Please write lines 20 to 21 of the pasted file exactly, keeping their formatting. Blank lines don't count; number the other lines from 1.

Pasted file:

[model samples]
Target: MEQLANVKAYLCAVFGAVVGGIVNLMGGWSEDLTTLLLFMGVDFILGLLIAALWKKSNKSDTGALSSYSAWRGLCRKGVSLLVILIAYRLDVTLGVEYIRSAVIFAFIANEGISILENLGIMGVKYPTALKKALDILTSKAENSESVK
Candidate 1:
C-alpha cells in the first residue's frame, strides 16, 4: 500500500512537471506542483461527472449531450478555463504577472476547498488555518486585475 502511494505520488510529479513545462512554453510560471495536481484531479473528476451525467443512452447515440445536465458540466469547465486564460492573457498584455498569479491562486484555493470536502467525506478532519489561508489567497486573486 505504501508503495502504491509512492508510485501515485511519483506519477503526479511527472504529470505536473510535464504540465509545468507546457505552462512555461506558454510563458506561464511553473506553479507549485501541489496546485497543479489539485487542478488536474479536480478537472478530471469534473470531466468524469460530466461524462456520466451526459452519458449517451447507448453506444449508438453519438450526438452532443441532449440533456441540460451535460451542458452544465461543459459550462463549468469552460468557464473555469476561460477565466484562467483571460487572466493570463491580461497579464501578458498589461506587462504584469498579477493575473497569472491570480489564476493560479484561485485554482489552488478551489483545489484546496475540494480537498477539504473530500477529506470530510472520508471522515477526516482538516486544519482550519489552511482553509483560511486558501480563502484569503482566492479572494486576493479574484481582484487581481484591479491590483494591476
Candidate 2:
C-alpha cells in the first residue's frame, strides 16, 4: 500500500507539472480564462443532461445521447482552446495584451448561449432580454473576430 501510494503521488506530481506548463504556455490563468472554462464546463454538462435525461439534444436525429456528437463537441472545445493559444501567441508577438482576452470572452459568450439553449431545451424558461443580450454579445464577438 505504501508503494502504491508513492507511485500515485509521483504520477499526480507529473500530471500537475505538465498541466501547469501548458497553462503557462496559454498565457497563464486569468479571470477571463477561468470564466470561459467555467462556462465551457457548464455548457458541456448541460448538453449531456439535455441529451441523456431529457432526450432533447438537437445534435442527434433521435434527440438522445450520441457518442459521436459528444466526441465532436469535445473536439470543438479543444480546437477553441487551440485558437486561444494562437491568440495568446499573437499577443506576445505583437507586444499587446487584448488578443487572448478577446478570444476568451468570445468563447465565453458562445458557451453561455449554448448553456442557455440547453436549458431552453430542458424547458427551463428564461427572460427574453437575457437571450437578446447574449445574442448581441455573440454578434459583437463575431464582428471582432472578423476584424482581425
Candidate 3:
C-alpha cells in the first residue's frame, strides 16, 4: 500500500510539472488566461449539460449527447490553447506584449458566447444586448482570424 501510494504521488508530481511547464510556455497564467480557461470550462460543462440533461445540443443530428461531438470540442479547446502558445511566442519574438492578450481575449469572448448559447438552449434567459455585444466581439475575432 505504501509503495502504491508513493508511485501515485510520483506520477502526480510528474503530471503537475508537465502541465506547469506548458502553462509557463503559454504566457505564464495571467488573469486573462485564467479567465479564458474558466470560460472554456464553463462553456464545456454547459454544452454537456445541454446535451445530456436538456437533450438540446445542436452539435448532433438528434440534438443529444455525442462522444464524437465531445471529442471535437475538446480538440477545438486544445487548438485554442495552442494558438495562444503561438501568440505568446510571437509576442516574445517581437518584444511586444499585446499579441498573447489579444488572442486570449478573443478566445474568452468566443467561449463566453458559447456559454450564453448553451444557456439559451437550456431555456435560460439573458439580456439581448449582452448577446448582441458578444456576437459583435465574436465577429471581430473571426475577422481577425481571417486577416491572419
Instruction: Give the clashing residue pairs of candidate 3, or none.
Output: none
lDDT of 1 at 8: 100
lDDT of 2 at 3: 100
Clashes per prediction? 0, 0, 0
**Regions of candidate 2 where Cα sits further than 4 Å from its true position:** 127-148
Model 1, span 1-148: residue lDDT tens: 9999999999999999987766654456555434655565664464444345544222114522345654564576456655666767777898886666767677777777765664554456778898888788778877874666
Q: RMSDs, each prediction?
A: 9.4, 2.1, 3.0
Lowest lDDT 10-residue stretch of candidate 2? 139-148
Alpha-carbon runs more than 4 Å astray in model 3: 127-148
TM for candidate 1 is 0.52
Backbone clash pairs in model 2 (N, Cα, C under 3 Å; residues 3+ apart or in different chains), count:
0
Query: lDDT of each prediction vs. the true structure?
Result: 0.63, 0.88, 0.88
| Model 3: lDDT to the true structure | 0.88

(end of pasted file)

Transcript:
TM for candidate 1 is 0.52
Backbone clash pairs in model 2 (N, Cα, C under 3 Å; residues 3+ apart or in different chains), count: